BANKS/USE OF WEAPONS
Banks is a phenomenon: the wildly successful, fearlessly creative author of brilliant and disturbing non-genre novels, hes equally at home writing pure science fiction of a peculiarly gnarly energy and elegance WILLIAM GIBSON
There is now no British SF writer to whose work I look forward to with greater keenness THE TIMES
Few of us have been exposed to a talent so manifest and of such extraordinary breadth THE NEW YORK REVIEW OF SCIENCE FICTION
Poetic, humorous, baffling, terrifying, sexy - the books of Iain M. Banks are all these things and more NME
Also by Iain M. Banks
Consider Phlebas The Player of Games The State of the Art Against a Dark Background Feersum Endjinn Excession Inversions Look to Windward
This novel (and all other Iain (M) Banks books) is still in print in the UK. If you've read his in-print stuff and can't get ahold of this, mosey over to amazon.co.uk.
Now, my two cents: This, along with Philip K. Dick's A Scanner Darkly and Orwell's 1984, is the grestest SF book ever written (my opinion, of course, but I trust it, so you should too). You could call it anti-space-opera; as an earlier reviewer said, it is the flip side to airy Star Wars style spaceship shoot-em-ups--Use of Weapons is to The Lensman Series what Apocolypse Now is to The Green Barrets.
You can't miss with Banks (except perhaps with Excession, where he's dissapeared somewhere up the Culture's Mind's arses and can't find his way out--though in the end, even that is a worthwhile read). He is a truly talented author who creates mainstream and SF masterpieces in alternating years, and you'll be doing yourself a favour by buying a book of his.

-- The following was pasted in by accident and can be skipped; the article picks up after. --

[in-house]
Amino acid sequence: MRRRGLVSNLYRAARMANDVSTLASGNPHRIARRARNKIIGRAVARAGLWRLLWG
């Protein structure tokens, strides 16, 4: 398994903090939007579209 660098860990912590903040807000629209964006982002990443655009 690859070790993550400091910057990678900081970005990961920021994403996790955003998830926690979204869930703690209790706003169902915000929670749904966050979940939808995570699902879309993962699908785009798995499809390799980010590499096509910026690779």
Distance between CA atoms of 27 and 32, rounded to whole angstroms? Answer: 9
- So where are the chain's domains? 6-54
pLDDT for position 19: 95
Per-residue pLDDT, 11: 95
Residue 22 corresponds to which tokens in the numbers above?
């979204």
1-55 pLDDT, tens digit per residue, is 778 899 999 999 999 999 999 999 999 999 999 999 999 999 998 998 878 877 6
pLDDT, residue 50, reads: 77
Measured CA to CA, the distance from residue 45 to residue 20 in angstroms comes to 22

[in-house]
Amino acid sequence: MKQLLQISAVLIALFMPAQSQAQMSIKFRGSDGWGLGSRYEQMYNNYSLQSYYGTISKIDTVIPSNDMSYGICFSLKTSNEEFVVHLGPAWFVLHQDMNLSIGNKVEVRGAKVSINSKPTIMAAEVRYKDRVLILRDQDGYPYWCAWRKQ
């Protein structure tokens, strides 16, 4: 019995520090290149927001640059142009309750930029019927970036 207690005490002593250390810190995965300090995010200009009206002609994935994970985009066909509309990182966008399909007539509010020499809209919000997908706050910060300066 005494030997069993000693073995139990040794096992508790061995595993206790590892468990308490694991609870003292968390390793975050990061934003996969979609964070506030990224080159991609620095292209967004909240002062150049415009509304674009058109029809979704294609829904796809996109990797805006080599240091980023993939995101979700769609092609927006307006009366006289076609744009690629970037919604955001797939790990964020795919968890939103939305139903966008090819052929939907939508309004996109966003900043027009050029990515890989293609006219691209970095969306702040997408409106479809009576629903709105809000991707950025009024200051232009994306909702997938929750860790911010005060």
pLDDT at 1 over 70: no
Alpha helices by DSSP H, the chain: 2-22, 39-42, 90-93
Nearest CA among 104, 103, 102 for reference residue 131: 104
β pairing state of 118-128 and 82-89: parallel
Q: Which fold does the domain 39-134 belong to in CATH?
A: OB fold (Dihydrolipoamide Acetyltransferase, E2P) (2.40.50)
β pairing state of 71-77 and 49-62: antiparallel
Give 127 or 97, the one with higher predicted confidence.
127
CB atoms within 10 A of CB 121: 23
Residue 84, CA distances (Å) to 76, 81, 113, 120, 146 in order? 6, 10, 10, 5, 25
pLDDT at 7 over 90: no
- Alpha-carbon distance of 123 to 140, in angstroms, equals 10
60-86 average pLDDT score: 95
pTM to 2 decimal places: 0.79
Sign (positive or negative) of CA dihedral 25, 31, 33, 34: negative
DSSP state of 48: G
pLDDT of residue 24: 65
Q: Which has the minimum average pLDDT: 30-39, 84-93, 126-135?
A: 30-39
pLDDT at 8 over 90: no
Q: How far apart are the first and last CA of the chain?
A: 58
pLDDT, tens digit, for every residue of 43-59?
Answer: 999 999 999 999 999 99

And Look to Windward, out in the UK for a year now, gets its US release in August--sign up your pre-order now!
Banks intertwines two stories: one of The Culture and one of a world not yet contacted by The Culture. That pre-contact world is the home of a four children, a brother, two sisters and another boy, hidden from others, who is almost a brother. The oldest brother is the protagonist of both stories. Here we see him as a boy and young man, and see one aspect of the use weapons. Because the brother and the almost-brother become enemies in a war that knows no restraints.
The other story involves The Culture's efforts to subtly and less-subtly control other, non-Culture civilizations, through its Contact division and the Special Circumstances unit of Contact. Special Circumstances does the dirty work for Contact. Like much of the nomenclature in The Culture, names are euphemisms or worse. You see, special cases may require Special Circumstances, where the usual rules of Contact don't apply.
Cheradenine Zakalwe is a mercenary for Special Circumstances. He is a weapon in its hands. He takes his assignments without knowing if he is fighting on the winning or losing side, whether he is working with good guys or bad guys, or whether The Culture wants him to succeed or fail. No more than a rifle knows or cares where it is aimed, he is a weapon in the hands of his employers.
Diziet Sma is his handler. Early in the book, she recalls a time when her drone, itself an intelligent, thinking machine, used its weapons in full when Sma was attacked. Banks' description of her reaction to an unrestrained use of weapons is more than ironic.
Cheradenine Zakalwe is also the brother in that family on that unnamed world.Read more ›